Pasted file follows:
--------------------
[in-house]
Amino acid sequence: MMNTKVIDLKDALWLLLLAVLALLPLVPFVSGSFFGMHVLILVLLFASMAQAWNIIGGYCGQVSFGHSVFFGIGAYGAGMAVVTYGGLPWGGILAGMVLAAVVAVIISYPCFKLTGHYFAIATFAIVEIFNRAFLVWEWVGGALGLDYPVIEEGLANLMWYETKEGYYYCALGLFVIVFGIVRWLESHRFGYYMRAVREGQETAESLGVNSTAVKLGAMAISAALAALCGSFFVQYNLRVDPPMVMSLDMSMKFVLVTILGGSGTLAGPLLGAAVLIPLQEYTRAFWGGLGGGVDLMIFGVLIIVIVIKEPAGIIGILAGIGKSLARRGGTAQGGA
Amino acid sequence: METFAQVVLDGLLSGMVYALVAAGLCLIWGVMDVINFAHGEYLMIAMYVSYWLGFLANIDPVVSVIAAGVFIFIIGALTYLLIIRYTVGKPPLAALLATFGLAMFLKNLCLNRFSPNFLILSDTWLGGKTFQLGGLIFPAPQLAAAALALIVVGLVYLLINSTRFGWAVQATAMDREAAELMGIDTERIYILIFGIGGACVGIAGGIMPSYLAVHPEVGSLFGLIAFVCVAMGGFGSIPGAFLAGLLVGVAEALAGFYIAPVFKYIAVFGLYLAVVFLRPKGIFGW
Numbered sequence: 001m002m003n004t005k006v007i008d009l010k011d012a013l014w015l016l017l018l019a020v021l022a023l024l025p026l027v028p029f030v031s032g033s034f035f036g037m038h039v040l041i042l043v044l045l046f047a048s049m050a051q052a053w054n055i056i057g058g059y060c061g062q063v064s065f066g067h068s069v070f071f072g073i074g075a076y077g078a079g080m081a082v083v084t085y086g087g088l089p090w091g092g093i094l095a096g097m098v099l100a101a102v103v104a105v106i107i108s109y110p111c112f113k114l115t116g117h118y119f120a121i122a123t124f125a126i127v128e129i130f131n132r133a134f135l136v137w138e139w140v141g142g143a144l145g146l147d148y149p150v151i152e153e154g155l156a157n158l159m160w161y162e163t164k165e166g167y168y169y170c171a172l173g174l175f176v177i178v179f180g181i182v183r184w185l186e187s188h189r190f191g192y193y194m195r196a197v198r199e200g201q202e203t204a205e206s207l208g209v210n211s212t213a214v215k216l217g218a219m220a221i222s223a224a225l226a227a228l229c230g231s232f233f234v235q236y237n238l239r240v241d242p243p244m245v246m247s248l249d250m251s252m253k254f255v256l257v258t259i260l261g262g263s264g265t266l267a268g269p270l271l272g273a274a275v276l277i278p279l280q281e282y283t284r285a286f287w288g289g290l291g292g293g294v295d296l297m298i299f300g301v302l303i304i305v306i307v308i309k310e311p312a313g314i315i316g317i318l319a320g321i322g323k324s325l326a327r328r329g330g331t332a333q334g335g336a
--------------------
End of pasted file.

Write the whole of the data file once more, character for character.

[in-house]
Amino acid sequence: MMNTKVIDLKDALWLLLLAVLALLPLVPFVSGSFFGMHVLILVLLFASMAQAWNIIGGYCGQVSFGHSVFFGIGAYGAGMAVVTYGGLPWGGILAGMVLAAVVAVIISYPCFKLTGHYFAIATFAIVEIFNRAFLVWEWVGGALGLDYPVIEEGLANLMWYETKEGYYYCALGLFVIVFGIVRWLESHRFGYYMRAVREGQETAESLGVNSTAVKLGAMAISAALAALCGSFFVQYNLRVDPPMVMSLDMSMKFVLVTILGGSGTLAGPLLGAAVLIPLQEYTRAFWGGLGGGVDLMIFGVLIIVIVIKEPAGIIGILAGIGKSLARRGGTAQGGA
Amino acid sequence: METFAQVVLDGLLSGMVYALVAAGLCLIWGVMDVINFAHGEYLMIAMYVSYWLGFLANIDPVVSVIAAGVFIFIIGALTYLLIIRYTVGKPPLAALLATFGLAMFLKNLCLNRFSPNFLILSDTWLGGKTFQLGGLIFPAPQLAAAALALIVVGLVYLLINSTRFGWAVQATAMDREAAELMGIDTERIYILIFGIGGACVGIAGGIMPSYLAVHPEVGSLFGLIAFVCVAMGGFGSIPGAFLAGLLVGVAEALAGFYIAPVFKYIAVFGLYLAVVFLRPKGIFGW
Numbered sequence: 001m002m003n004t005k006v007i008d009l010k011d012a013l014w015l016l017l018l019a020v021l022a023l024l025p026l027v028p029f030v031s032g033s034f035f036g037m038h039v040l041i042l043v044l045l046f047a048s049m050a051q052a053w054n055i056i057g058g059y060c061g062q063v064s065f066g067h068s069v070f071f072g073i074g075a076y077g078a079g080m081a082v083v084t085y086g087g088l089p090w091g092g093i094l095a096g097m098v099l100a101a102v103v104a105v106i107i108s109y110p111c112f113k114l115t116g117h118y119f120a121i122a123t124f125a126i127v128e129i130f131n132r133a134f135l136v137w138e139w140v141g142g143a144l145g146l147d148y149p150v151i152e153e154g155l156a157n158l159m160w161y162e163t164k165e166g167y168y169y170c171a172l173g174l175f176v177i178v179f180g181i182v183r184w185l186e187s188h189r190f191g192y193y194m195r196a197v198r199e200g201q202e203t204a205e206s207l208g209v210n211s212t213a214v215k216l217g218a219m220a221i222s223a224a225l226a227a228l229c230g231s232f233f234v235q236y237n238l239r240v241d242p243p244m245v246m247s248l249d250m251s252m253k254f255v256l257v258t259i260l261g262g263s264g265t266l267a268g269p270l271l272g273a274a275v276l277i278p279l280q281e282y283t284r285a286f287w288g289g290l291g292g293g294v295d296l297m298i299f300g301v302l303i304i305v306i307v308i309k310e311p312a313g314i315i316g317i318l319a320g321i322g323k324s325l326a327r328r329g330g331t332a333q334g335g336a